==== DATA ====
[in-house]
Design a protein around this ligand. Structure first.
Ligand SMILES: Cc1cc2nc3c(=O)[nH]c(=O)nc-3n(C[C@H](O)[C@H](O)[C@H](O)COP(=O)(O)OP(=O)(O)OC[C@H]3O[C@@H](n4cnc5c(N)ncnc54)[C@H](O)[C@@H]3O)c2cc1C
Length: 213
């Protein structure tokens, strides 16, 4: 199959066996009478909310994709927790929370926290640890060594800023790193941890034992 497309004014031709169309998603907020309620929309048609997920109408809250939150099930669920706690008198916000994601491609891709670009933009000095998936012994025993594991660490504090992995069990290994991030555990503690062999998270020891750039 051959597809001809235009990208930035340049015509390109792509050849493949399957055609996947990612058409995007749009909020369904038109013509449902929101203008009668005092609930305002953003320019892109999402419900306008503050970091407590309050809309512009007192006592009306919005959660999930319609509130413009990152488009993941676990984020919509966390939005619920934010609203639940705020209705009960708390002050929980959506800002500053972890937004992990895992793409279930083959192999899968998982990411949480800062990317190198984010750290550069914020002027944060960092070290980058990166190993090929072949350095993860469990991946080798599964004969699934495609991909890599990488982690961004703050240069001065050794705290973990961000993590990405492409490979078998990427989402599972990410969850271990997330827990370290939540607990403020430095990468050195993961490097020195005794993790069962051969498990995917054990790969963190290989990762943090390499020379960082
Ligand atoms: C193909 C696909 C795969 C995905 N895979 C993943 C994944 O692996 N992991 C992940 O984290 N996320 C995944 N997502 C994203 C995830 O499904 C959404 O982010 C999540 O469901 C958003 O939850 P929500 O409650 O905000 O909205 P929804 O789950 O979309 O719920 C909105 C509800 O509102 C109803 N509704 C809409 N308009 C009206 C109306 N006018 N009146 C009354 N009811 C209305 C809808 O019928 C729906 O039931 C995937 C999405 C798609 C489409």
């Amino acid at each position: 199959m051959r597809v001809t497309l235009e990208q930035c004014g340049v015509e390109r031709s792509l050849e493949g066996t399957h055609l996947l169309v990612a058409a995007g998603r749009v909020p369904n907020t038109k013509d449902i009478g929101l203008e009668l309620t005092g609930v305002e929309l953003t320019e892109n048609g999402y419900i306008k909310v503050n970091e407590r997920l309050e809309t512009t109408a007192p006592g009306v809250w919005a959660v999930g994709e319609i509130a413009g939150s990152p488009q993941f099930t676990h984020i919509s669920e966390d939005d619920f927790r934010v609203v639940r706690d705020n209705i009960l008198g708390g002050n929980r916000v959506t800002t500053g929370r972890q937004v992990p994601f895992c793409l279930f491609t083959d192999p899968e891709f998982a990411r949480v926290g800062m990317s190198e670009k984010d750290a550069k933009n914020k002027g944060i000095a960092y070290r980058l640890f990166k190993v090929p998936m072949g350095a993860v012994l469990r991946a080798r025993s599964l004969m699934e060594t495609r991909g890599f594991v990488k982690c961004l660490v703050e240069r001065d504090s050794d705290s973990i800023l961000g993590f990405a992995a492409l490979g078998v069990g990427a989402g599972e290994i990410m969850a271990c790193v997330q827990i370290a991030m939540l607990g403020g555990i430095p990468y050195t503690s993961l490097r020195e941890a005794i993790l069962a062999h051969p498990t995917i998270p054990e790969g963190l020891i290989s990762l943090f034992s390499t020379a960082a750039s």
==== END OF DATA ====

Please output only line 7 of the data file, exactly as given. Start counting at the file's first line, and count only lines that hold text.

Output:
């Amino acid at each position: 199959m051959r597809v001809t497309l235009e990208q930035c004014g340049v015509e390109r031709s792509l050849e493949g066996t399957h055609l996947l169309v990612a058409a995007g998603r749009v909020p369904n907020t038109k013509d449902i009478g929101l203008e009668l309620t005092g609930v305002e929309l953003t320019e892109n048609g999402y419900i306008k909310v503050n970091e407590r997920l309050e809309t512009t109408a007192p006592g009306v809250w919005a959660v999930g994709e319609i509130a413009g939150s990152p488009q993941f099930t676990h984020i919509s669920e966390d939005d619920f927790r934010v609203v639940r706690d705020n209705i009960l008198g708390g002050n929980r916000v959506t800002t500053g929370r972890q937004v992990p994601f895992c793409l279930f491609t083959d192999p899968e891709f998982a990411r949480v926290g800062m990317s190198e670009k984010d750290a550069k933009n914020k002027g944060i000095a960092y070290r980058l640890f990166k190993v090929p998936m072949g350095a993860v012994l469990r991946a080798r025993s599964l004969m699934e060594t495609r991909g890599f594991v990488k982690c961004l660490v703050e240069r001065d504090s050794d705290s973990i800023l961000g993590f990405a992995a492409l490979g078998v069990g990427a989402g599972e290994i990410m969850a271990c790193v997330q827990i370290a991030m939540l607990g403020g555990i430095p990468y050195t503690s993961l490097r020195e941890a005794i993790l069962a062999h051969p498990t995917i998270p054990e790969g963190l020891i290989s990762l943090f034992s390499t020379a960082a750039s």